Steve Jobs has stated time and time again that music subscriptions don’t work because people ultimately want to own their music. And while that may very well be the case, the music landscape is changing and Apple may soon be forced to adjust accordingly.
According to a report today in the New York Post, Apple is in talks with major record labels about a music subscription service that would give iTunes users unfettered access to songs for a monthly fee.
Apple iTunes boss Eddy Cue was on the phone with music honchos as recently as a few weeks ago trying to figure out how the partners can move forward.
One source said the service could have tiered pricing ranging from $10 to $15, although there are issues to be ironed out, including how much music would be included in each tier and how long consumers would be able to access that content.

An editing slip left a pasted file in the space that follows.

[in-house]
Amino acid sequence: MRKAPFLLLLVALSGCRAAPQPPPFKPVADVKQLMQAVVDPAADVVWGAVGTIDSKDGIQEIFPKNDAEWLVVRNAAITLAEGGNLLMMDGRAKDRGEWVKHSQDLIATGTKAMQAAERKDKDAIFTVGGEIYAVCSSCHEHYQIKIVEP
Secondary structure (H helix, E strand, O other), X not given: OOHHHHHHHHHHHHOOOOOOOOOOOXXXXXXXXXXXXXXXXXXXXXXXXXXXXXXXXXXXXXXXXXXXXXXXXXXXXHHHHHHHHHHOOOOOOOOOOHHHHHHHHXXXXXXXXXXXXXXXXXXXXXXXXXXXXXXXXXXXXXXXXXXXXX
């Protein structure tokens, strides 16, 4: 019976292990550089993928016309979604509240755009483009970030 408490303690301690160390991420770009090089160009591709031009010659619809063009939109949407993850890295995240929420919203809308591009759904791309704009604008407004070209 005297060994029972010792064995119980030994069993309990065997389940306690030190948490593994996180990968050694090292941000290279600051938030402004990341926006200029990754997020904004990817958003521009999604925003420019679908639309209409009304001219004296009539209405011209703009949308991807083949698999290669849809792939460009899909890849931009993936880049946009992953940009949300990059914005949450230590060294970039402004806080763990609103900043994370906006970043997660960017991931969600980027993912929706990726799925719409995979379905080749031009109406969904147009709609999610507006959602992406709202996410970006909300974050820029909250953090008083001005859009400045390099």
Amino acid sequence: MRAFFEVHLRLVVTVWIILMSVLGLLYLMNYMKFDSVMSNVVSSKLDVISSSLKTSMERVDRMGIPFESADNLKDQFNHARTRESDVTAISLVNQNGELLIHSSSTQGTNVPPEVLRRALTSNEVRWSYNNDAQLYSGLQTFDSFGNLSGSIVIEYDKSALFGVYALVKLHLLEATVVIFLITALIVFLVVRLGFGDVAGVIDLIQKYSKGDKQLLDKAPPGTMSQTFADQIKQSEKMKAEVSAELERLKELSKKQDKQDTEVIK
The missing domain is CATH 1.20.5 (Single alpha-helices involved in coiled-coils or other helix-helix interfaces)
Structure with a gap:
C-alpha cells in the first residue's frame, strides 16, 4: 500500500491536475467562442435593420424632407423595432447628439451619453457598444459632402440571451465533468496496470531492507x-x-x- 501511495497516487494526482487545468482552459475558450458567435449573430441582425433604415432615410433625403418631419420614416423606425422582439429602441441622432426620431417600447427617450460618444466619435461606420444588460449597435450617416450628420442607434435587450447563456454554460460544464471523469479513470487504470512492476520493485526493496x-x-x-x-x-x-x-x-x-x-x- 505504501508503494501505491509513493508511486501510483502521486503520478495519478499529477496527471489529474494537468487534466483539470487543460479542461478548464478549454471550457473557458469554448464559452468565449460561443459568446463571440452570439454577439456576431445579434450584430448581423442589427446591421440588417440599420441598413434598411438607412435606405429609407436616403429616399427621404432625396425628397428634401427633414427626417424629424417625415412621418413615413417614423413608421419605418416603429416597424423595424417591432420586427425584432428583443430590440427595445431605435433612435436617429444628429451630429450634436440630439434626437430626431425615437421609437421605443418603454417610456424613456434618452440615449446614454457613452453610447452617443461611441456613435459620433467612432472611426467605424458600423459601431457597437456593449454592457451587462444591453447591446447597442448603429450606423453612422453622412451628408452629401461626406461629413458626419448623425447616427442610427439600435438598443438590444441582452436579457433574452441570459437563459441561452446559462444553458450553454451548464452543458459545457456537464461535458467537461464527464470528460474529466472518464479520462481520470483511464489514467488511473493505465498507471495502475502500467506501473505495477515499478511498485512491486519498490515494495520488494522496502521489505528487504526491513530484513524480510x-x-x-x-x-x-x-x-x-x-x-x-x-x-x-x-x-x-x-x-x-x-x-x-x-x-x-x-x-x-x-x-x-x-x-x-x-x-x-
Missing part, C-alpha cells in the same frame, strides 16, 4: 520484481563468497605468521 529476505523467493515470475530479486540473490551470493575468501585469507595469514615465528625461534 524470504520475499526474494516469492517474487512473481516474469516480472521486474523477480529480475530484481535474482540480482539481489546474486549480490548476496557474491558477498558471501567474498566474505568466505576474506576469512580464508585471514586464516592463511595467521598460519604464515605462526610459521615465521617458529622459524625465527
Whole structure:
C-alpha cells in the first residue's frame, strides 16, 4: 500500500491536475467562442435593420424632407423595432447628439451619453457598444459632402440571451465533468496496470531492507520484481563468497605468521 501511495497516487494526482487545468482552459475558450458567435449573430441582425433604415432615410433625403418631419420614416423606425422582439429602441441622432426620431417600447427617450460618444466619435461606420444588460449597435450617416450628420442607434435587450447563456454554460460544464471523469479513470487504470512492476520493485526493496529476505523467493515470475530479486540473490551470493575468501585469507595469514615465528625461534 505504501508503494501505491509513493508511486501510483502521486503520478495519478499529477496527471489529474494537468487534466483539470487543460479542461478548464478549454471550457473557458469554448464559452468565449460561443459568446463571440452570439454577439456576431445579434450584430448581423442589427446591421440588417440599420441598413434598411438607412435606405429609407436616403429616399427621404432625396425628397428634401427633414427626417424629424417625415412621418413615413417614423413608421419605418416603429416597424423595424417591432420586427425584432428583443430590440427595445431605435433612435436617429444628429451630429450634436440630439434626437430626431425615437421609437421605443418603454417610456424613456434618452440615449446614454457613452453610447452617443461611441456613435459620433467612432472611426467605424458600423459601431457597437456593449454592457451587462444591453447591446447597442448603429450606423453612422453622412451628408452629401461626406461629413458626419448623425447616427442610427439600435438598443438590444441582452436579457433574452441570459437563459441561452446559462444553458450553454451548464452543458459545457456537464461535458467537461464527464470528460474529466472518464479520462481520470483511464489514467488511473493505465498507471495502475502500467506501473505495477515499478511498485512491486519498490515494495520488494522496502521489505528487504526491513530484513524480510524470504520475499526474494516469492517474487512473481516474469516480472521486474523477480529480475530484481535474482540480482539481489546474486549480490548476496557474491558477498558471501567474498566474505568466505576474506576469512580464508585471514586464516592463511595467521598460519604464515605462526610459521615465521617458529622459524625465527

Record labels have always been supportive of a music subscription services as it gives them a nice stream of steady income. The Post notes that music execs are especially interested in such a service now as it might provide a boost to stagnating sales of digital singles.
Rumors of an iTunes subscription service have been making the rounds for some time now, but with so many avenues for users to access music for free these days (i.e Pandora, YouTube), Apple’s pay-to-play business model may be prime for an update.
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